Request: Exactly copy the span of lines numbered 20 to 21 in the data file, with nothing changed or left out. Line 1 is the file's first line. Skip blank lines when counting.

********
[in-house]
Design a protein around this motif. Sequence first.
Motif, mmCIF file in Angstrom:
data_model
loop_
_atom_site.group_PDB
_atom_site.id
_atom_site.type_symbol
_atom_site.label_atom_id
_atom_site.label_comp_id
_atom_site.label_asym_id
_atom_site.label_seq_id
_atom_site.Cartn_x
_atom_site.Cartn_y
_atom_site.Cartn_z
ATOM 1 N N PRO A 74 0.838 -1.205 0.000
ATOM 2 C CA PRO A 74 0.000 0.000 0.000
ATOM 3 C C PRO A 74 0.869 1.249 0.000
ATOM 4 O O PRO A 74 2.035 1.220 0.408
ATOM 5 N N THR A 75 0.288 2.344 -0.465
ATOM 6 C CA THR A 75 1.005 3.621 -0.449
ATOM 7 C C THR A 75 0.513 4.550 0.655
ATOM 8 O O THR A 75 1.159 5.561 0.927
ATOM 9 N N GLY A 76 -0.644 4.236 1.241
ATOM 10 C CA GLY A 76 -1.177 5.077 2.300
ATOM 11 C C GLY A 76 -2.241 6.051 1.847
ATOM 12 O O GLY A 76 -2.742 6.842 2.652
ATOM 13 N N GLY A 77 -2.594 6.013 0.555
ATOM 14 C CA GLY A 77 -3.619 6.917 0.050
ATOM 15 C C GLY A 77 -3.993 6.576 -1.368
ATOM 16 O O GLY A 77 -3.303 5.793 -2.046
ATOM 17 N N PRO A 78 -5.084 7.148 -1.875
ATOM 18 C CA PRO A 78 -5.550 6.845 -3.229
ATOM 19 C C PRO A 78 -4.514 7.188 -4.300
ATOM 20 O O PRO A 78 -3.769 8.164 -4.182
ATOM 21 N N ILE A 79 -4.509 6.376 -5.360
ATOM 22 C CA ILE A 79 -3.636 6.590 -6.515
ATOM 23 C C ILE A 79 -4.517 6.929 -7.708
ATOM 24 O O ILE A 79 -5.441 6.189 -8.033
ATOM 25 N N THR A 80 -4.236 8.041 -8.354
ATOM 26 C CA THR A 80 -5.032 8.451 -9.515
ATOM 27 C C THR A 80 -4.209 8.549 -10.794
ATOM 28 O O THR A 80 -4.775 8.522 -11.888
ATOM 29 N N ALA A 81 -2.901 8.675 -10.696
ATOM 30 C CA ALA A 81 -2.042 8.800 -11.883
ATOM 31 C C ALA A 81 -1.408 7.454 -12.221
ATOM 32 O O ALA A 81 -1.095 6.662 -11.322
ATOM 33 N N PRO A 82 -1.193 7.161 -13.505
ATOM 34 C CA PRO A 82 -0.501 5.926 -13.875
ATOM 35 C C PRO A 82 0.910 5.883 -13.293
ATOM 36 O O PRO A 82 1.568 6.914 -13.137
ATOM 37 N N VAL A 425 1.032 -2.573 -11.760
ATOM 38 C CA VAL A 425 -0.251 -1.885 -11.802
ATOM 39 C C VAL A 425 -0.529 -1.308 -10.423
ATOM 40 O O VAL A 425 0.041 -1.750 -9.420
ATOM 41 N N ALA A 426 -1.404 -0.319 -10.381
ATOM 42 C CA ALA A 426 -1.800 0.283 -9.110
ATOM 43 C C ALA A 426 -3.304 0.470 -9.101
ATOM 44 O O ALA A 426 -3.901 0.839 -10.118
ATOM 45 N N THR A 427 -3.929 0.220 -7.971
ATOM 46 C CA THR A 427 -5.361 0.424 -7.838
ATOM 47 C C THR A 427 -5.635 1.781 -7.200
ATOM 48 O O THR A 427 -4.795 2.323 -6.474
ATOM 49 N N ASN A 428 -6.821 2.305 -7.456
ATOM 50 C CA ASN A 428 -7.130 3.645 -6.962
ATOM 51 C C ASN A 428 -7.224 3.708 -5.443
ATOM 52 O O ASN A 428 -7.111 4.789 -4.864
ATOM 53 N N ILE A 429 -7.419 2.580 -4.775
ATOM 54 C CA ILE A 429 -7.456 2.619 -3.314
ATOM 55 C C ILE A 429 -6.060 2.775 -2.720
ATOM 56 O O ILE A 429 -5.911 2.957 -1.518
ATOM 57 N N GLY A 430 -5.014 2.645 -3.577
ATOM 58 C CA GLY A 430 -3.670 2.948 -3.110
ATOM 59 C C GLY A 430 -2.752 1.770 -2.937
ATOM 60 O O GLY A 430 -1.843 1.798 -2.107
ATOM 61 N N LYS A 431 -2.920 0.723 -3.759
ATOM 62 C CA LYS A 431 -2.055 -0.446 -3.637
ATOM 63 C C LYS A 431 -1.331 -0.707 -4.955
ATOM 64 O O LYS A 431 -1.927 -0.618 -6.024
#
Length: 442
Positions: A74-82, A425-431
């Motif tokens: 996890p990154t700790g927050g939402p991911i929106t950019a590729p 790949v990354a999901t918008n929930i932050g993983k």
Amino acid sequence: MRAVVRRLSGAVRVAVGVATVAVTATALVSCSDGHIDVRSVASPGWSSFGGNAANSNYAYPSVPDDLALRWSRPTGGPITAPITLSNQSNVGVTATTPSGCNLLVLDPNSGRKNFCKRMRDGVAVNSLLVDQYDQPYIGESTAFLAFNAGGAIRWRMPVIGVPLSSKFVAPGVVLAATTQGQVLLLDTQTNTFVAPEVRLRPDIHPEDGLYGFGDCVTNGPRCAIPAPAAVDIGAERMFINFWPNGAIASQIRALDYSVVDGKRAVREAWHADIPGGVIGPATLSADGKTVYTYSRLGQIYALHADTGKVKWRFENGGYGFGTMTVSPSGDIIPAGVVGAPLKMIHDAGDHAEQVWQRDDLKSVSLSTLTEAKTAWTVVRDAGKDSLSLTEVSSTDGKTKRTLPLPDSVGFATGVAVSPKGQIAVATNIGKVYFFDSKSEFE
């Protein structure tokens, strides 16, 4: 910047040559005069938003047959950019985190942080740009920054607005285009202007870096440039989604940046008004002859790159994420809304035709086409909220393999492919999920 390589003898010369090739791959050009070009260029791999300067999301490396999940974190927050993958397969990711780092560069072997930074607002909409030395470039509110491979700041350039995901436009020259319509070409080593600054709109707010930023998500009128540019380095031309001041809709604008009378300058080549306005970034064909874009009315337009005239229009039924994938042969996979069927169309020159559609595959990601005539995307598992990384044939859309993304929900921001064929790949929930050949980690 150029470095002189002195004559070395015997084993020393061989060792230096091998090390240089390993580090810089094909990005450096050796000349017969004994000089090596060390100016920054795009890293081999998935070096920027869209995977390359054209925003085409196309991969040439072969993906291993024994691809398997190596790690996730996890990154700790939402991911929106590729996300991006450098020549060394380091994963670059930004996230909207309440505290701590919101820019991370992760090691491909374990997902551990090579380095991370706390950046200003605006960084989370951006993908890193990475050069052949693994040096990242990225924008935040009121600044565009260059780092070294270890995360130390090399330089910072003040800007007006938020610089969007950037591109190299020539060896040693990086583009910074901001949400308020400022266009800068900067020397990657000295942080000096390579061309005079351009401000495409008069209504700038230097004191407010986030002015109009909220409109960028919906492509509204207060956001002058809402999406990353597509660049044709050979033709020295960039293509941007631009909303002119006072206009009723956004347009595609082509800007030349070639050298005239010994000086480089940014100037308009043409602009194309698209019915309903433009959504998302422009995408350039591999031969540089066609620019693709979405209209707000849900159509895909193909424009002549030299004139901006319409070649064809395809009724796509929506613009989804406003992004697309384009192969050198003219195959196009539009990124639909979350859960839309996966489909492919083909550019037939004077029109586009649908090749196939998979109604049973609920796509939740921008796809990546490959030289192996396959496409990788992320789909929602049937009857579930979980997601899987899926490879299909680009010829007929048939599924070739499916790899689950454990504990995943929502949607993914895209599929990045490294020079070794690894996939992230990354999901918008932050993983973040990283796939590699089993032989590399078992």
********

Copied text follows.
ATOM 5 N N THR A 75 0.288 2.344 -0.465
ATOM 6 C CA THR A 75 1.005 3.621 -0.449